Lookup NU author(s): Dr Zhantao Han,
Professor David Werner
This work is licensed under a Creative Commons Attribution 4.0 International License (CC BY 4.0).
BACKGROUND: In-situ sorbent amendment for persistent organic pollutant sequestration in sediment has over the past fifteen years steadily progressed from bench-scale trials to full-scale remediation applications. Hindering a wider technology uptake are, however, concerns about ecotoxic side-effects of the most commonly used sorbent, activated carbon, on sensitive, sediment dwelling organisms like Lumbriculus variegatus. Using River Tyne sediment polluted with polycyclic aromatic hydrocarbons (PAHs) and L. variegatus as our case study, we investigated sorbent alternativesand magnetic sorbent-recovery as potential engineering strategies to mitigate such ecotoxic side-effects. We also looked into the potential benefits of contacting the treated sediment with fresh River Tyne water, as would naturally occur over time in the intended applications.RESULTS: We identified magnetic biochar as an effective PAH sorbent with lesser ecotoxic side-effects than magnetic activated carbon. Especially after 85.1-100% magnetic recovery of this biochar, no ecotoxic side-effects on L. variegatus were measurable in the treated sediment. Our results show that ecotoxic effects of magnetic activated carbon can be alleviated through sorbent recovery. In contrast, contacting treated sediment repeatedly with River Tyne water had no measurable benefits.CONCLUSIONS: Magnetic biochar is a promising sorbent material for the remediation of PAH polluted sediment.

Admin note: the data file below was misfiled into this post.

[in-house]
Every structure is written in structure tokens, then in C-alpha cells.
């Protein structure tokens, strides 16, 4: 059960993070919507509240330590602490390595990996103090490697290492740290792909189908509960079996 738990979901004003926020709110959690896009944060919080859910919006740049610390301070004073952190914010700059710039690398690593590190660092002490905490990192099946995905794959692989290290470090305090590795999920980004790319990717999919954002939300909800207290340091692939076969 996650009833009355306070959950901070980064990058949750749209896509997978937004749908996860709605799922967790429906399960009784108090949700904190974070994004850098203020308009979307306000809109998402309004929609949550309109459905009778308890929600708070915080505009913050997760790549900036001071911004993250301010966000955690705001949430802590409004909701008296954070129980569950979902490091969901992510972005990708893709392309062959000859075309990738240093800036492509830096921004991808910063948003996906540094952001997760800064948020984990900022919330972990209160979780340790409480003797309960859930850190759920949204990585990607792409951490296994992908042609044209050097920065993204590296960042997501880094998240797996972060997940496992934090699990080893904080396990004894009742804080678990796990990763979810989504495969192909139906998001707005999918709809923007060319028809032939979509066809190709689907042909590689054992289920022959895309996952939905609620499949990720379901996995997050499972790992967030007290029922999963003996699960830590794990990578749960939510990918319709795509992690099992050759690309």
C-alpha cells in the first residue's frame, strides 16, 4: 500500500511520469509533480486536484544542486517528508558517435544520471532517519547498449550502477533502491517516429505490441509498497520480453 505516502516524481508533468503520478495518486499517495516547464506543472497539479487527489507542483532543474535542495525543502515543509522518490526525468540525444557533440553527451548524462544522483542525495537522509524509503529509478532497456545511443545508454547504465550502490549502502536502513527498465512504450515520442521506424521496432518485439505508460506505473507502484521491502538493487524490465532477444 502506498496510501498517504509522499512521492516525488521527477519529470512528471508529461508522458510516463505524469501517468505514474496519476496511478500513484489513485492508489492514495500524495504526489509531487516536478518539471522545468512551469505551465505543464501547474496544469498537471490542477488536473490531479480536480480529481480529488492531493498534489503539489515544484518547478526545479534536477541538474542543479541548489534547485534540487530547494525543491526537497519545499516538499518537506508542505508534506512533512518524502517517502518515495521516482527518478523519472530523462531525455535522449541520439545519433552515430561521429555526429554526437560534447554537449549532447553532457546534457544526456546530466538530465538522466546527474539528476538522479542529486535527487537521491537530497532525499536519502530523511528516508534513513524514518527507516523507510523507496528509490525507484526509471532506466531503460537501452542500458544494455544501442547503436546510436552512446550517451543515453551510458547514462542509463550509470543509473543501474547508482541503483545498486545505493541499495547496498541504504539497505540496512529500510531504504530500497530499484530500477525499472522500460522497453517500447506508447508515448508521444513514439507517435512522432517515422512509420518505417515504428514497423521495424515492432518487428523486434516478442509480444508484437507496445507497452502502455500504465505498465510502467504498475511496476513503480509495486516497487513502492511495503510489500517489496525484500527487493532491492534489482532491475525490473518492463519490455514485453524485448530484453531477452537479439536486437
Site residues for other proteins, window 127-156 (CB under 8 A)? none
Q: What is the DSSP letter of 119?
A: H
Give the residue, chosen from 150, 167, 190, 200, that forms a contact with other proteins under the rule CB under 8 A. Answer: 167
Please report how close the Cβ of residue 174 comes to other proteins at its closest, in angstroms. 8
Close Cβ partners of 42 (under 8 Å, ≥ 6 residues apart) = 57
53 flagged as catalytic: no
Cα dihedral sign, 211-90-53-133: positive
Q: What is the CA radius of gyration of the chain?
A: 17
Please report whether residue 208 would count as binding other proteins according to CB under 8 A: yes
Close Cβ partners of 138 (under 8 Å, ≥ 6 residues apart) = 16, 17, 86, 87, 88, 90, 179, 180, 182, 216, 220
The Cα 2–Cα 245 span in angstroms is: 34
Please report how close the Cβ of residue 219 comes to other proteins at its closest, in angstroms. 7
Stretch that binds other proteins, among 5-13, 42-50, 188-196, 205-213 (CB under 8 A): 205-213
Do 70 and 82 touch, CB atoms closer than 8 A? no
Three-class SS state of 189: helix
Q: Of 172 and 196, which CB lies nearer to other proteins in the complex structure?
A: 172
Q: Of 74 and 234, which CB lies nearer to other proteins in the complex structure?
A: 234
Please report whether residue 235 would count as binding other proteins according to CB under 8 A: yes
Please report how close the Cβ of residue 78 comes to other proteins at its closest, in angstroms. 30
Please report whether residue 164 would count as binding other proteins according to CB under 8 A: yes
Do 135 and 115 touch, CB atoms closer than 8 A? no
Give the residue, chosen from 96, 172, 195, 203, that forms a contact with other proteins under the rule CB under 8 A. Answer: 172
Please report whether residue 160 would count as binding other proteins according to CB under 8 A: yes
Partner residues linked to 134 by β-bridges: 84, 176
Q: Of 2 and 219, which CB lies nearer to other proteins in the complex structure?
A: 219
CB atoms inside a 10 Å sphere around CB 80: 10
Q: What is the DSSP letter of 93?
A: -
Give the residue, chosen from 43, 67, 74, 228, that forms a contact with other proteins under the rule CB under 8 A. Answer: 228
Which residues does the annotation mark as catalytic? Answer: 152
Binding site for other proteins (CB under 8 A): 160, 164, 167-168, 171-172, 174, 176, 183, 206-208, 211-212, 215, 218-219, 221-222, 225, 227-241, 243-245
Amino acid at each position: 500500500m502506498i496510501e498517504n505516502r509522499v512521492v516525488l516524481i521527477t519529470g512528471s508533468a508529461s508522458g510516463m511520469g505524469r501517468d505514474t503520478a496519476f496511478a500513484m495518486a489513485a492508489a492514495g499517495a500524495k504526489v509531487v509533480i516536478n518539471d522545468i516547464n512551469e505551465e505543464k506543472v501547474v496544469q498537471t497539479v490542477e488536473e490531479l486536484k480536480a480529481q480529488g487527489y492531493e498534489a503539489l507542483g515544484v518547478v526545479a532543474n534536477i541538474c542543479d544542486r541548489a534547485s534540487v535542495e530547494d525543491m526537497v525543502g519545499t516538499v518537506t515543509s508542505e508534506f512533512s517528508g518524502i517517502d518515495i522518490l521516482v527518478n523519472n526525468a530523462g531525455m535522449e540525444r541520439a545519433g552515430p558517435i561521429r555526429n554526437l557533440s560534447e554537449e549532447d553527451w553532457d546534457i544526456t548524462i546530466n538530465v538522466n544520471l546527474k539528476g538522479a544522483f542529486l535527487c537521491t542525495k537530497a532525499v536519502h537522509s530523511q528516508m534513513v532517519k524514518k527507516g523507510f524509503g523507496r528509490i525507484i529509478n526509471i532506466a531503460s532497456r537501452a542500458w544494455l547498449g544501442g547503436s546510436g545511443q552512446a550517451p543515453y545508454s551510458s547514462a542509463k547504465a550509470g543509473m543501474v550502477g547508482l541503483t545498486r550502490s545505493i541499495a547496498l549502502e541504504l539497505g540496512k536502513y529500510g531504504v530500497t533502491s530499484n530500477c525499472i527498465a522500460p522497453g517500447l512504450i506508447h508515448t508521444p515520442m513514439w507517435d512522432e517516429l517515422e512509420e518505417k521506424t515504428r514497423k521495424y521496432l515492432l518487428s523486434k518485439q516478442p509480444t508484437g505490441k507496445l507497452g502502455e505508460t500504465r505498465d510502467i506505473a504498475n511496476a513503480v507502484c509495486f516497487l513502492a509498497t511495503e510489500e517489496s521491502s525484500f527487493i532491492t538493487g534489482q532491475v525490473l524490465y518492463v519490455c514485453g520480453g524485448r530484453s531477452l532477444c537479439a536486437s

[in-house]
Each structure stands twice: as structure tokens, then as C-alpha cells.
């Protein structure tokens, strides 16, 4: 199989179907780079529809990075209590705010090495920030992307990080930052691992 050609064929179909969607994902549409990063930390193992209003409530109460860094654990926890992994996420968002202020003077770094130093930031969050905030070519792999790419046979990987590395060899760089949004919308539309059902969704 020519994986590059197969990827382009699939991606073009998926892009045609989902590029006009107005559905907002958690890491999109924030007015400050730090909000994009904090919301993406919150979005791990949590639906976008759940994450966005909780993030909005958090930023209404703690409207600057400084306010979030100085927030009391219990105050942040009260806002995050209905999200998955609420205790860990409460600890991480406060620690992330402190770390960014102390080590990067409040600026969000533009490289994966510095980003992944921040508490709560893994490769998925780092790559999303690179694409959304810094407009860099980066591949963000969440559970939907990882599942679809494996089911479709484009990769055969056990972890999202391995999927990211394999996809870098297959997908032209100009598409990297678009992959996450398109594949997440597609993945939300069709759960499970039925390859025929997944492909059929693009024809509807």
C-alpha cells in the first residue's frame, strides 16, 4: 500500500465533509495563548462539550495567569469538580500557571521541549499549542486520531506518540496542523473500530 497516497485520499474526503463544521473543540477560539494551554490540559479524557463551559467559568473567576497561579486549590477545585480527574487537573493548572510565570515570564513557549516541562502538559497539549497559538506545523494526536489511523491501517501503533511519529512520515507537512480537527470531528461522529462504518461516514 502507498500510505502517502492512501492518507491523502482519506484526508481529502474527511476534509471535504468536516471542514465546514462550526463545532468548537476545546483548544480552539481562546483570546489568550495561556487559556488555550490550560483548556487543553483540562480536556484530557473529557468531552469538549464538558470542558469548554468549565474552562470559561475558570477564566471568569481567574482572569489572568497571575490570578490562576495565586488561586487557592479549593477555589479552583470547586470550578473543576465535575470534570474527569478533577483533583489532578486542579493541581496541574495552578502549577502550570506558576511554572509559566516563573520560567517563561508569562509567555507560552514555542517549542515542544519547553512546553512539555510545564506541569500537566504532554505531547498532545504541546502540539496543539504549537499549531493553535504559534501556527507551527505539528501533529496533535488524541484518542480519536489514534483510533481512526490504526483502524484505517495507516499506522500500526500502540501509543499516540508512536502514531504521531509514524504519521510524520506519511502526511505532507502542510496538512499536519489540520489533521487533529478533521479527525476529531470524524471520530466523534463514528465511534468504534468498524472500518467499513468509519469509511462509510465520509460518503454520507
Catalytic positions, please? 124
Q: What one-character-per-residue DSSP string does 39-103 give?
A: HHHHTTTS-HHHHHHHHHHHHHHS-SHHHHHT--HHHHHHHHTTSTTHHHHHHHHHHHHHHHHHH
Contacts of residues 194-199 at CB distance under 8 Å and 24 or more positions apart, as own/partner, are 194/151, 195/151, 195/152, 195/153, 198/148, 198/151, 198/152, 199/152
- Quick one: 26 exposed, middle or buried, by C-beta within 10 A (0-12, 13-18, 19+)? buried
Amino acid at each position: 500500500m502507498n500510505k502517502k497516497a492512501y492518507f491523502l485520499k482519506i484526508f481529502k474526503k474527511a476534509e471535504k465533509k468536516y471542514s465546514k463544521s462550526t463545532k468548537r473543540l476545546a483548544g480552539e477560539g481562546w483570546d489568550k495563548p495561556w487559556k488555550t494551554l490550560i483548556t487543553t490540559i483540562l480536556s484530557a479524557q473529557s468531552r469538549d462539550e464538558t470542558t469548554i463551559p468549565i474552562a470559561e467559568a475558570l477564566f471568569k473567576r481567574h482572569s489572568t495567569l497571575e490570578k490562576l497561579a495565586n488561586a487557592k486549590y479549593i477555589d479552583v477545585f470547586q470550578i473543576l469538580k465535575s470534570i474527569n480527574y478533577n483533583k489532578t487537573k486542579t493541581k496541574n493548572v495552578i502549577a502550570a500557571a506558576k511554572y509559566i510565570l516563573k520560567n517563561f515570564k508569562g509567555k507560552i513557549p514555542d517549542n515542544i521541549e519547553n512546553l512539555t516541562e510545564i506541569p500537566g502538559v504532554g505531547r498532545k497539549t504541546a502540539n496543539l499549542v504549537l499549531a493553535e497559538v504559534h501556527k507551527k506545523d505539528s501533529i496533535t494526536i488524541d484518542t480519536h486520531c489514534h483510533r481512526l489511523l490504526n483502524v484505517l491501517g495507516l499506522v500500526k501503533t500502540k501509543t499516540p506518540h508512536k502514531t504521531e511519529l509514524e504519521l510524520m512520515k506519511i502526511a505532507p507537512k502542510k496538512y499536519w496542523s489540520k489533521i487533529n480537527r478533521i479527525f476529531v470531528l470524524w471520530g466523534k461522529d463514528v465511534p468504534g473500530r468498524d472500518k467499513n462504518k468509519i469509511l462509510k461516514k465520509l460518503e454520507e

Author(s): Han Z, Abel S, Akkanen J, Werner D
Publication type: Article
Publication status: Published
Journal: Journal of Chemical Technology and Biotechnology
Print publication date: 01/08/2017
Online publication date: 02/02/2017
Acceptance date: 30/01/2017
Date deposited: 01/02/2017
ISSN (print): 0268-2575
ISSN (electronic): 1097-4660
Data Source Location: http://dx.doi.org/10.17634/070786-1
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